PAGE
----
The data lake house: the next generation of data warehouse uncoveredTom Smith
We investigate some of the recent announcements from Re:Invent and how they are influencing the architecture patterns of data warehouses in the cloud.
At this year’s Re:Invent, there was a considerable focus on data. Indeed, 30 of the 77 announcements were data, analytics or machine learning related.
Data continues to be a focus area for all large organisations, many of whom have struggled to scale their operations in line with the growth of data. In the past, they have typically relied on expensive and proprietary on-premise data warehouse solutions to store and analyse their data. These products are not only eye-wateringly expensive, but do not measure up in the petabyte scale world we now live in.
Enter the cloud. The promise of both elastic and scalable compute & storage ought to make this a much easier problem to solve. Indeed, many organisations have already made the jump to cloud-native data solutions, albeit with varying levels of success.
Here we explore the latest set of AWS announcements to see how a combination of the cloud and data can help solve organisations' biggest data challenges.
Data Lake + Data Warehouse = Lake House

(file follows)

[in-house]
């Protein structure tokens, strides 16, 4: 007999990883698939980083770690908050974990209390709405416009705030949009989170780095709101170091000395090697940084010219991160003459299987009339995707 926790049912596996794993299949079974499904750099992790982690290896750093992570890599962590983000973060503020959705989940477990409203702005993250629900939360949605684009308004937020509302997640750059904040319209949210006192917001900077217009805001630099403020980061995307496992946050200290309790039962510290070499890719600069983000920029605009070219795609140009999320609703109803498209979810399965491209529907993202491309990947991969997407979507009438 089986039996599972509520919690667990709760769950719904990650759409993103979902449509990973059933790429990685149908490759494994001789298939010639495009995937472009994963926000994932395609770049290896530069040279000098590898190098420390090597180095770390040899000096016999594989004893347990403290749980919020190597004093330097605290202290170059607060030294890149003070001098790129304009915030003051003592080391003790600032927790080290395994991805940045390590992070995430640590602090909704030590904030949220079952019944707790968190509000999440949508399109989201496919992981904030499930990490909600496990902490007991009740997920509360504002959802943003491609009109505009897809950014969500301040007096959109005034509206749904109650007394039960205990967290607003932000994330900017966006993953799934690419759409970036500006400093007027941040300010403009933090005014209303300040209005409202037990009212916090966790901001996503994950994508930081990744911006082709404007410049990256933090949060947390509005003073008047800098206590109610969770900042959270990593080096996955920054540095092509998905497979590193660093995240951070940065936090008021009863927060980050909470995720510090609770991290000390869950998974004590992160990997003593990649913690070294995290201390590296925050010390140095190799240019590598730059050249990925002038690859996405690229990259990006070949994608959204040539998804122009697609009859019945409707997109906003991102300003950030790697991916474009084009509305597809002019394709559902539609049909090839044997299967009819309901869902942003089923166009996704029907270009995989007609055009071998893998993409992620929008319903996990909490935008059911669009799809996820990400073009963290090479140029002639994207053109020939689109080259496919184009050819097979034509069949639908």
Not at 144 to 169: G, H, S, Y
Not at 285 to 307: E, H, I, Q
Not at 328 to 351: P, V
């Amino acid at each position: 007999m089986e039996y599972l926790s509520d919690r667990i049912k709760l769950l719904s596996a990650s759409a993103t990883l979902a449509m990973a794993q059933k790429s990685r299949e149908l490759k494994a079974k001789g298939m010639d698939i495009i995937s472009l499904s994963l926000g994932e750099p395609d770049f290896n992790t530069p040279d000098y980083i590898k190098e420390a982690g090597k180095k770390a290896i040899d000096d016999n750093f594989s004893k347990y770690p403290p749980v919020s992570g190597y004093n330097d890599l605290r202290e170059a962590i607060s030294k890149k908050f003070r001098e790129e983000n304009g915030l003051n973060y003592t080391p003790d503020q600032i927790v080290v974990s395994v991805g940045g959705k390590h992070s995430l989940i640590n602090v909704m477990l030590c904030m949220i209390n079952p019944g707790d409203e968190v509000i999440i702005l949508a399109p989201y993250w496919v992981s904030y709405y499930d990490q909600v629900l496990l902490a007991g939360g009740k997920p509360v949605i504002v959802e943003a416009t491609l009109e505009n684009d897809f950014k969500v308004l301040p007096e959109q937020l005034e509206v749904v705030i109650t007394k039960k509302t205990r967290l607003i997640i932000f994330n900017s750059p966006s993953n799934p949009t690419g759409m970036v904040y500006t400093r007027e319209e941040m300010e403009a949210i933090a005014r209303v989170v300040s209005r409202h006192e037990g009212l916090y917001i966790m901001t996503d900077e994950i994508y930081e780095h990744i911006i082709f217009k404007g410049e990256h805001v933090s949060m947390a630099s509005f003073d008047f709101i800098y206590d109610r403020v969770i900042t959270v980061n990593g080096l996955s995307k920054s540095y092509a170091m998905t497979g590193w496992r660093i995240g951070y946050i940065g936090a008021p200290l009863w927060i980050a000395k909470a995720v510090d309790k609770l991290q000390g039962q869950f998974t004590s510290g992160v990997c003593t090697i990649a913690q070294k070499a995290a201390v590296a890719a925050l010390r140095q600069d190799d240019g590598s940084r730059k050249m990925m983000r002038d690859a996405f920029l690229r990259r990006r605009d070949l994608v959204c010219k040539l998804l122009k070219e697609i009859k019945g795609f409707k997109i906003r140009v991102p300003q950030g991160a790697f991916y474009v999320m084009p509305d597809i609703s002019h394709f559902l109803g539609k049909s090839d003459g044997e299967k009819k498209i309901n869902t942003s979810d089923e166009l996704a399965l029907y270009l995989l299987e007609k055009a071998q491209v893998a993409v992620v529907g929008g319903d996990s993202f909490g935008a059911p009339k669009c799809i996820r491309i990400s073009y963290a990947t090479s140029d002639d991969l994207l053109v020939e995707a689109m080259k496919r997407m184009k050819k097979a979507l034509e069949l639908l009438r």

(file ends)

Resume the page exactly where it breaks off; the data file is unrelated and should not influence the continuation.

A new pattern is emerging from those running data warehouse and data lake operations in AWS, coined the ‘lake house’. In reality, this means allowing S3 and Redshift to interact and share data in such a way that you expose the advantages of each product.
An AWS lake house allows you to achieve the holy grail of:
- Cheap & durable data storage
- Independently scalable compute, capable of massively paralleled processing (MPP)
- Standard SQL transforms
- Performant SQL querying regardless of concurrency
The above has only really become possible with the latest set of Re:Invent announcements.
Redshift Data Lake export
Andy Jassy announced in his keynote that Redshift supports the offloading of data to S3 in parquet format with partitioning based on column data supported. This unlocks the use of Redshift as a transient SQL transform engine, with the ability to offload the results back to S3 in an analytics optimised format for consumption by SageMaker (machine learning), Athena (ad-hoc querying) and EMR/Glue (ETL).
Although not new this year, Redshift Spectrum is a key part of the lake house architecture. It allows standard SQL queries to be submitted against data stored in S3 via the Redshift cluster. This is achieved by distributing the query across many spectrum nodes to achieve highly performant MPP (massively parallel processing) that scales to petabytes. Spectrum is also fully managed and serverless, charging only for the resources consumed on the query.
Redshift RA3 instances
The new RA3 instance type allows you to scale Redshift data storage and compute needs independently, meaning you pay the lowest possible price for managing your combination of data and workload. These instances are built on the new AWS Nitro controllers, delivering near bare metal performance, and supporting high bandwidth network connectivity. Amazon are advertising a two-times performance improvement on the previous generation Redshift instances.